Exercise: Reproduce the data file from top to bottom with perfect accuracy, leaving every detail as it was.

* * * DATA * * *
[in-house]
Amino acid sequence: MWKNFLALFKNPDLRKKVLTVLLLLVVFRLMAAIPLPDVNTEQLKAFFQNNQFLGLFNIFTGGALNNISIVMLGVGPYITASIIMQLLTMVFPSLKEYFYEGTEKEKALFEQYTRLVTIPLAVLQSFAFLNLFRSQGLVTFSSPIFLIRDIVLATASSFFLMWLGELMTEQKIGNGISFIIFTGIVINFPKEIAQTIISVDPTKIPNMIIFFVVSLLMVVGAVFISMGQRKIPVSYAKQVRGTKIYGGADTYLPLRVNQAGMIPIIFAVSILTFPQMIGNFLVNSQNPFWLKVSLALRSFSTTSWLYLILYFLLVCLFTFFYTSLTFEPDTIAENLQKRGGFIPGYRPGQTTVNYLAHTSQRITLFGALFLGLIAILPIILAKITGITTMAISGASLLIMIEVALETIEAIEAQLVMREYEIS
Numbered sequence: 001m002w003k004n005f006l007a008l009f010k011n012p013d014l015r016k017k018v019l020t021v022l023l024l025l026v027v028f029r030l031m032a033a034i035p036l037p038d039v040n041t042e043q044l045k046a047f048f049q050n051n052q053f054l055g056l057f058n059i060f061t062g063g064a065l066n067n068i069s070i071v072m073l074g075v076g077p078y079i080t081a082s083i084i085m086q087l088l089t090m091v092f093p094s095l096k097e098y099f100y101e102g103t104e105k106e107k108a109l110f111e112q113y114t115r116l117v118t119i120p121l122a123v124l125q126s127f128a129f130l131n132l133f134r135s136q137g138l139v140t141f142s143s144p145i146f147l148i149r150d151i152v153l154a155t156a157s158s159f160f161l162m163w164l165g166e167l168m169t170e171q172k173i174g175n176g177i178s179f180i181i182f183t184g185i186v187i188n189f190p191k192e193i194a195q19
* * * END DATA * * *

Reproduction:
[in-house]
Amino acid sequence: MWKNFLALFKNPDLRKKVLTVLLLLVVFRLMAAIPLPDVNTEQLKAFFQNNQFLGLFNIFTGGALNNISIVMLGVGPYITASIIMQLLTMVFPSLKEYFYEGTEKEKALFEQYTRLVTIPLAVLQSFAFLNLFRSQGLVTFSSPIFLIRDIVLATASSFFLMWLGELMTEQKIGNGISFIIFTGIVINFPKEIAQTIISVDPTKIPNMIIFFVVSLLMVVGAVFISMGQRKIPVSYAKQVRGTKIYGGADTYLPLRVNQAGMIPIIFAVSILTFPQMIGNFLVNSQNPFWLKVSLALRSFSTTSWLYLILYFLLVCLFTFFYTSLTFEPDTIAENLQKRGGFIPGYRPGQTTVNYLAHTSQRITLFGALFLGLIAILPIILAKITGITTMAISGASLLIMIEVALETIEAIEAQLVMREYEIS
Numbered sequence: 001m002w003k004n005f006l007a008l009f010k011n012p013d014l015r016k017k018v019l020t021v022l023l024l025l026v027v028f029r030l031m032a033a034i035p036l037p038d039v040n041t042e043q044l045k046a047f048f049q050n051n052q053f054l055g056l057f058n059i060f061t062g063g064a065l066n067n068i069s070i071v072m073l074g075v076g077p078y079i080t081a082s083i084i085m086q087l088l089t090m091v092f093p094s095l096k097e098y099f100y101e102g103t104e105k106e107k108a109l110f111e112q113y114t115r116l117v118t119i120p121l122a123v124l125q126s127f128a129f130l131n132l133f134r135s136q137g138l139v140t141f142s143s144p145i146f147l148i149r150d151i152v153l154a155t156a157s158s159f160f161l162m163w164l165g166e167l168m169t170e171q172k173i174g175n176g177i178s179f180i181i182f183t184g185i186v187i188n189f190p191k192e193i194a195q19